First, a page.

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dc.contributor.authorXia, Fang
dc.contributor.authorAltieri, Dario C.
dc.date2022-08-11T08:09:50.000
dc.date.accessioned2022-08-23T16:45:19Z
dc.date.available2022-08-23T16:45:19Z
dc.date.issued2006-04-06
dc.date.submitted2008-06-18
dc.identifier.citationCancer Res. 2006 Apr 1;66(7):3392-5. <a href="http://dx.doi.org/10.1158/0008-5472.CAN-05-4537">Link to article on publisher's site</a>
dc.identifier.issn0008-5472 (Print)
dc.identifier.doi10.1158/0008-5472.CAN-05-4537
dc.identifier.pmid16585159
dc.identifier.urihttp://hdl.handle.net/20.500.14038/40657
dc.description.abstractSurvivin is an essential mitotic gene, and this has been speculated to reflect its primary function in development and cancer. Here, we generated a knock-in transgenic mouse (SVVp-GFP) in which a green fluorescent protein (GFP) reporter gene was placed under the control of the survivin promoter that regulates transcription at mitosis. The expression of endogenous survivin was widespread in mouse tissues during development and shortly after birth. In contrast, GFP reactivity was undetectable in transgenic mouse embryos, and was largely limited postnatally to mitotic cells in the testes. Double transgenic mice generated in the tumor-prone Min/+ background exhibited intestinal adenomas that strongly expressed endogenous survivin, but only isolated GFP-positive cells. Conversely, dysplastic adenomas (16%) stained intensely for GFP, and revealed focal reactivity for mutant, but not wild-type, p53. The expression of GFP was increased by approximately 10-fold in p53(-/-) as opposed to p53(+/+) HCT116 colorectal cancer cells, and reintroduction of p53 in p53(-/-) cells abolished GFP expression. Therefore, the mitotic transcription of the survivin gene is highly restricted in vivo, and unexpectedly negatively regulated by p53. Contrary to a commonly held view, the dominant function(s) of survivin in development and tumor ontogeny are largely cell cycle-independent.
dc.language.isoen_US
dc.relation<a href="http://www.ncbi.nlm.nih.gov/entrez/query.fcgi?cmd=Retrieve&db=PubMed&list_uids=16585159&dopt=Abstract">Link to article in PubMed</a>
dc.subjectAnimals
dc.subjectBase Sequence
dc.subjectCell Cycle
dc.subjectCell Transformation, Neoplastic
dc.subjectGene Expression Regulation, Neoplastic
dc.subjectGreen Fluorescent Proteins
dc.subjectHCT116 Cells
dc.subjectHela Cells
dc.subjectHumans
dc.subjectMice
dc.subjectMice, Transgenic
dc.subjectMicrotubule-Associated Proteins
dc.subjectMitosis
dc.subjectMolecular Sequence Data
dc.subjectPromoter Regions (Genetics)
dc.subjectTumor Suppressor Protein p53
dc.subjectCancer Biology
dc.subjectGenetics and Genomics
dc.titleMitosis-independent survivin gene expression in vivo and regulation by p53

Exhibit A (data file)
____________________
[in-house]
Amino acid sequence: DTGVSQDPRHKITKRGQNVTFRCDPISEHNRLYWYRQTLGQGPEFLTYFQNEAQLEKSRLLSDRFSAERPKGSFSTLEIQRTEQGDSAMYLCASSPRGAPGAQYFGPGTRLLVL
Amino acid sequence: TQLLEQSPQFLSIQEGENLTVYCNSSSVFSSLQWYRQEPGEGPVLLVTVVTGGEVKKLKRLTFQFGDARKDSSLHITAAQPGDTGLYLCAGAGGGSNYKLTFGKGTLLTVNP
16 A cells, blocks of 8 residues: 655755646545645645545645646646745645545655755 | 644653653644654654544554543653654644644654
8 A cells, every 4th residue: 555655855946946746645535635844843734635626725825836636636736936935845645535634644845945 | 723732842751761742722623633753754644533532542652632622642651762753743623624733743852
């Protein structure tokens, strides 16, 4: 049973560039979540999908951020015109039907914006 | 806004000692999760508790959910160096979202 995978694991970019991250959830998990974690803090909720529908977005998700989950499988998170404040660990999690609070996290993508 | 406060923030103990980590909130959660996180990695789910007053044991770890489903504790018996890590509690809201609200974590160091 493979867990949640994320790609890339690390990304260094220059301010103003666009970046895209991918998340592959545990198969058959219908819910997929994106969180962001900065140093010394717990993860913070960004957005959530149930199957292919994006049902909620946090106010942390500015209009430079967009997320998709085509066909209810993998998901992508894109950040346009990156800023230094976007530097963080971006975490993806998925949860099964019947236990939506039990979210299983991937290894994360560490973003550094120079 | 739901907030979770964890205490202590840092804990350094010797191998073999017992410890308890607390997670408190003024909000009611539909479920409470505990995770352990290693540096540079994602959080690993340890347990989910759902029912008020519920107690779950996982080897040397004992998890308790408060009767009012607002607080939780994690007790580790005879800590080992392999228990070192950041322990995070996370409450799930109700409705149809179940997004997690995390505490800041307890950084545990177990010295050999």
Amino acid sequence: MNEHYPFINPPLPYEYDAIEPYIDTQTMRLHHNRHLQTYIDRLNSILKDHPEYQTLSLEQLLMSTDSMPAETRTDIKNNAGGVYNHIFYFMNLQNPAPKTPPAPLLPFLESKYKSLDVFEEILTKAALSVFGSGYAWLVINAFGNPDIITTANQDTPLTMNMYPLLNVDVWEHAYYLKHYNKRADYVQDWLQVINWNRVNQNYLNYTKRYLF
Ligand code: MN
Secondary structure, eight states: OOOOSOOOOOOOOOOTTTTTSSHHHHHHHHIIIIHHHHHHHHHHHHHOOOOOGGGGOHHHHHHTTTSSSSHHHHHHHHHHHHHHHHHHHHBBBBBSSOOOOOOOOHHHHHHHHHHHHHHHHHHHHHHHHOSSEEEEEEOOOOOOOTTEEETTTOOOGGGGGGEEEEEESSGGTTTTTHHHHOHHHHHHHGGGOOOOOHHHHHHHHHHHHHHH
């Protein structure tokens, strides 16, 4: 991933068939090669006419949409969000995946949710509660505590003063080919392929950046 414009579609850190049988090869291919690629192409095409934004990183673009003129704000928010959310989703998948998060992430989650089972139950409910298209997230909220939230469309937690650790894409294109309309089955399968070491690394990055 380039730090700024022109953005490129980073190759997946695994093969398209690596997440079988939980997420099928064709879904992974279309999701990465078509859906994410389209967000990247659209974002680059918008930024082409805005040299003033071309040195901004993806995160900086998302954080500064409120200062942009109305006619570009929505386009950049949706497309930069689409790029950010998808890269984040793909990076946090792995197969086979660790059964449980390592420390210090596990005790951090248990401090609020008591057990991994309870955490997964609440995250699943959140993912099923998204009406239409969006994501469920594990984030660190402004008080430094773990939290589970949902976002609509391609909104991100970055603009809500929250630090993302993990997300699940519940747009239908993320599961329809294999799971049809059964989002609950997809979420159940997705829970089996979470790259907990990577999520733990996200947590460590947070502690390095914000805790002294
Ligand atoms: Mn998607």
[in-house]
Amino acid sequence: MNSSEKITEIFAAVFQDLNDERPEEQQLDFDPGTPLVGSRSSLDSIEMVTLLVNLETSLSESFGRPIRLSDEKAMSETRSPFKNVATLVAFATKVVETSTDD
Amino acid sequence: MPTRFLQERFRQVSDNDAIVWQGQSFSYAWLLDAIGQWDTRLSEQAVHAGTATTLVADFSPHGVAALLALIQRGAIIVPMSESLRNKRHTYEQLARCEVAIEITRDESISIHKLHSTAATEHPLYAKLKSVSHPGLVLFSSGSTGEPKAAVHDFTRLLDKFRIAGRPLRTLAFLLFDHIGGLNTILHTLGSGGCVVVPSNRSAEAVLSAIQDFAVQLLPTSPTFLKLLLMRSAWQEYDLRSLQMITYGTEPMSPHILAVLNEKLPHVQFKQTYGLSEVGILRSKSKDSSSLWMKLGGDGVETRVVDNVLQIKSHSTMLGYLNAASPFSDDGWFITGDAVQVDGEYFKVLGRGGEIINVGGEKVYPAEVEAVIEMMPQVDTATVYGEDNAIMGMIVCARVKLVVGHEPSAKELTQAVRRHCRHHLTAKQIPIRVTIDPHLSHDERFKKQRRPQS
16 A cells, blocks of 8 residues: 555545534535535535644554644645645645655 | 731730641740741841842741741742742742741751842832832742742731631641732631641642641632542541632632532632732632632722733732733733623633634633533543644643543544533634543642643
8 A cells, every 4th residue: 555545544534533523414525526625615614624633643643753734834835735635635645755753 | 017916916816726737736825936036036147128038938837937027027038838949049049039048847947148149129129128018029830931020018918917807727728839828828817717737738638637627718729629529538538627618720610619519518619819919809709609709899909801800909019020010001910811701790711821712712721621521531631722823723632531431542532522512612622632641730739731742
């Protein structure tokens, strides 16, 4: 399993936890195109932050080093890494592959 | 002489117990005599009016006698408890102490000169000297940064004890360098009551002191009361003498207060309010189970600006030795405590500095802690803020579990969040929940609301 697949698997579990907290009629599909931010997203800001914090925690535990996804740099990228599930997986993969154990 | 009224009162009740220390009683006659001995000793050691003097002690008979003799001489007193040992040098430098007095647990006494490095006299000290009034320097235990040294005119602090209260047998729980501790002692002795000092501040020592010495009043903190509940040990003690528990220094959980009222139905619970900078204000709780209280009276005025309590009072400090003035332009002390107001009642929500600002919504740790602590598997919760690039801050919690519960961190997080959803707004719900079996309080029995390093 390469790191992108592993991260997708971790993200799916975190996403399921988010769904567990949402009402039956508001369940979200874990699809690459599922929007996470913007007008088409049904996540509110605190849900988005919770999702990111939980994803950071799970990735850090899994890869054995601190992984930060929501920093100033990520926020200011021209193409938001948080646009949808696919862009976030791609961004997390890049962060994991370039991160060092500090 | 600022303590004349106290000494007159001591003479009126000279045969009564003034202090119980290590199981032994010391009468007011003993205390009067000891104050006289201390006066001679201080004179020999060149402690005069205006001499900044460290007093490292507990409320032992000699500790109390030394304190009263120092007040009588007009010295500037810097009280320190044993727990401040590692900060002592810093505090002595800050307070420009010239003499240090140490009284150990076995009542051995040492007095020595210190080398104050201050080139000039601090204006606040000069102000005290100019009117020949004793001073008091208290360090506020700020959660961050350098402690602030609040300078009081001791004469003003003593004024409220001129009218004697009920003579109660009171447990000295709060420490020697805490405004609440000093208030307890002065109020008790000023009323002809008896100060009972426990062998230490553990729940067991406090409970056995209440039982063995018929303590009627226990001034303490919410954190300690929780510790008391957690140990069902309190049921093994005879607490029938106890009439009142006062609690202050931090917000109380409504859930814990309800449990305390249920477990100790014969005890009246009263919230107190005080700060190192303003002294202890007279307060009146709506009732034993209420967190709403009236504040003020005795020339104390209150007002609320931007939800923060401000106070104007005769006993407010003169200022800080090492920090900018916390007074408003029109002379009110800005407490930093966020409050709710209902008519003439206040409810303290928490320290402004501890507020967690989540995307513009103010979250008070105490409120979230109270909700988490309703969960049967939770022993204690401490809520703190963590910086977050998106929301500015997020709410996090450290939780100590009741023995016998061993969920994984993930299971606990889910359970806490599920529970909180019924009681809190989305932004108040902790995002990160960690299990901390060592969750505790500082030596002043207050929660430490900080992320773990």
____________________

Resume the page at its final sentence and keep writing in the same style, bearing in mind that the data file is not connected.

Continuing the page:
dc.typeJournal Article
dc.source.journaltitleCancer research
dc.source.volume66
dc.source.issue7
dc.identifier.legacyfulltexthttps://escholarship.umassmed.edu/cgi/viewcontent.cgi?article=1345&amp;context=oapubs&amp;unstamped=1
dc.identifier.legacycoverpagehttps://escholarship.umassmed.edu/oapubs/346
dc.identifier.contextkey533054
refterms.dateFOA2022-08-23T16:45:19Z
html.description.abstract<p>Survivin is an essential mitotic gene, and this has been speculated to reflect its primary function in development and cancer. Here, we generated a knock-in transgenic mouse (SVVp-GFP) in which a green fluorescent protein (GFP) reporter gene was placed under the control of the survivin promoter that regulates transcription at mitosis. The expression of endogenous survivin was widespread in mouse tissues during development and shortly after birth. In contrast, GFP reactivity was undetectable in transgenic mouse embryos, and was largely limited postnatally to mitotic cells in the testes. Double transgenic mice generated in the tumor-prone Min/+ background exhibited intestinal adenomas that strongly expressed endogenous survivin, but only isolated GFP-positive cells. Conversely, dysplastic adenomas (16%) stained intensely for GFP, and revealed focal reactivity for mutant, but not wild-type, p53. The expression of GFP was increased by approximately 10-fold in p53(-/-) as opposed to p53(+/+) HCT116 colorectal cancer cells, and reintroduction of p53 in p53(-/-) cells abolished GFP expression. Therefore, the mitotic transcription of the survivin gene is highly restricted in vivo, and unexpectedly negatively regulated by p53. Contrary to a commonly held view, the dominant function(s) of survivin in development and tumor ontogeny are largely cell cycle-independent.</p>
dc.identifier.submissionpathoapubs/346
dc.contributor.departmentDepartment of Cancer Biology and the Cancer Center
dc.source.pages3392-5


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